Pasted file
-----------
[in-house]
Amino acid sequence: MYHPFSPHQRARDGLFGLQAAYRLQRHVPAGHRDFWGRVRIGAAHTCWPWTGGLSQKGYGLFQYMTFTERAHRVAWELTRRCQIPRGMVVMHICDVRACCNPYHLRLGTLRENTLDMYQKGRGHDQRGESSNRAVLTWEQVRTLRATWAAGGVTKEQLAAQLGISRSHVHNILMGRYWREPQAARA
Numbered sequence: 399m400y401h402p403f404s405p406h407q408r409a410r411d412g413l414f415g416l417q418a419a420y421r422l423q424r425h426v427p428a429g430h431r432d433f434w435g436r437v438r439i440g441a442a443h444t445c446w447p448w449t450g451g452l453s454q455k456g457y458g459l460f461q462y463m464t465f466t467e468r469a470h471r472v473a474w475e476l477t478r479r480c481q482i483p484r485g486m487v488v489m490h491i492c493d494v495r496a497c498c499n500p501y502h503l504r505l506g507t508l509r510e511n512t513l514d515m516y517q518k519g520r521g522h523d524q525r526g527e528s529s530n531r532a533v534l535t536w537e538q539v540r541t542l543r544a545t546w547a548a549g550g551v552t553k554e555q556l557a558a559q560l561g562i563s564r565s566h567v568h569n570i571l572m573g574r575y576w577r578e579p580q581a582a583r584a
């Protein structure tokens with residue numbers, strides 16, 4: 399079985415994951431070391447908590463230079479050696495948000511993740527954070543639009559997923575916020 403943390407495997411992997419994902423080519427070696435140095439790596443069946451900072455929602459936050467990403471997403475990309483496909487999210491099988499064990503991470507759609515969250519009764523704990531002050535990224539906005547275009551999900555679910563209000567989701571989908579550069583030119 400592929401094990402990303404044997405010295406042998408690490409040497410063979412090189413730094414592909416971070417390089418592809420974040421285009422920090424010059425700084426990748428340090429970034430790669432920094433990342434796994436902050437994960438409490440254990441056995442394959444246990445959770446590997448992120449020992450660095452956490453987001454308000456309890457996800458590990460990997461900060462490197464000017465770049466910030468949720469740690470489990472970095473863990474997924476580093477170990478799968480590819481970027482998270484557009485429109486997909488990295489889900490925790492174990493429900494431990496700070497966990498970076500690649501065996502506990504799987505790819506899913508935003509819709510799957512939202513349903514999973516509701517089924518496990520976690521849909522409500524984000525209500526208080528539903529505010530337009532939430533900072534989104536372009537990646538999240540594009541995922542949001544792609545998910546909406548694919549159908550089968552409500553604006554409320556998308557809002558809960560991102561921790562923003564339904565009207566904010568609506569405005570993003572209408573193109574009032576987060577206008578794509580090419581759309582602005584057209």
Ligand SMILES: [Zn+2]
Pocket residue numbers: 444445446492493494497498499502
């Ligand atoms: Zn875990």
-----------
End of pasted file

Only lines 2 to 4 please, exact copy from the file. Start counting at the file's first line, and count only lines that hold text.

Amino acid sequence: MYHPFSPHQRARDGLFGLQAAYRLQRHVPAGHRDFWGRVRIGAAHTCWPWTGGLSQKGYGLFQYMTFTERAHRVAWELTRRCQIPRGMVVMHICDVRACCNPYHLRLGTLRENTLDMYQKGRGHDQRGESSNRAVLTWEQVRTLRATWAAGGVTKEQLAAQLGISRSHVHNILMGRYWREPQAARA
Numbered sequence: 399m400y401h402p403f404s405p406h407q408r409a410r411d412g413l414f415g416l417q418a419a420y421r422l423q424r425h426v427p428a429g430h431r432d433f434w435g436r437v438r439i440g441a442a443h444t445c446w447p448w449t450g451g452l453s454q455k456g457y458g459l460f461q462y463m464t465f466t467e468r469a470h471r472v473a474w475e476l477t478r479r480c481q482i483p484r485g486m487v488v489m490h491i492c493d494v495r496a497c498c499n500p501y502h503l504r505l506g507t508l509r510e511n512t513l514d515m516y517q518k519g520r521g522h523d524q525r526g527e528s529s530n531r532a533v534l535t536w537e538q539v540r541t542l543r544a545t546w547a548a549g550g551v552t553k554e555q556l557a558a559q560l561g562i563s564r565s566h567v568h569n570i571l572m573g574r575y576w577r578e579p580q581a582a583r584a
């Protein structure tokens with residue numbers, strides 16, 4: 399079985415994951431070391447908590463230079479050696495948000511993740527954070543639009559997923575916020 403943390407495997411992997419994902423080519427070696435140095439790596443069946451900072455929602459936050467990403471997403475990309483496909487999210491099988499064990503991470507759609515969250519009764523704990531002050535990224539906005547275009551999900555679910563209000567989701571989908579550069583030119 400592929401094990402990303404044997405010295406042998408690490409040497410063979412090189413730094414592909416971070417390089418592809420974040421285009422920090424010059425700084426990748428340090429970034430790669432920094433990342434796994436902050437994960438409490440254990441056995442394959444246990445959770446590997448992120449020992450660095452956490453987001454308000456309890457996800458590990460990997461900060462490197464000017465770049466910030468949720469740690470489990472970095473863990474997924476580093477170990478799968480590819481970027482998270484557009485429109486997909488990295489889900490925790492174990493429900494431990496700070497966990498970076500690649501065996502506990504799987505790819506899913508935003509819709510799957512939202513349903514999973516509701517089924518496990520976690521849909522409500524984000525209500526208080528539903529505010530337009532939430533900072534989104536372009537990646538999240540594009541995922542949001544792609545998910546909406548694919549159908550089968552409500553604006554409320556998308557809002558809960560991102561921790562923003564339904565009207566904010568609506569405005570993003572209408573193109574009032576987060577206008578794509580090419581759309582602005584057209």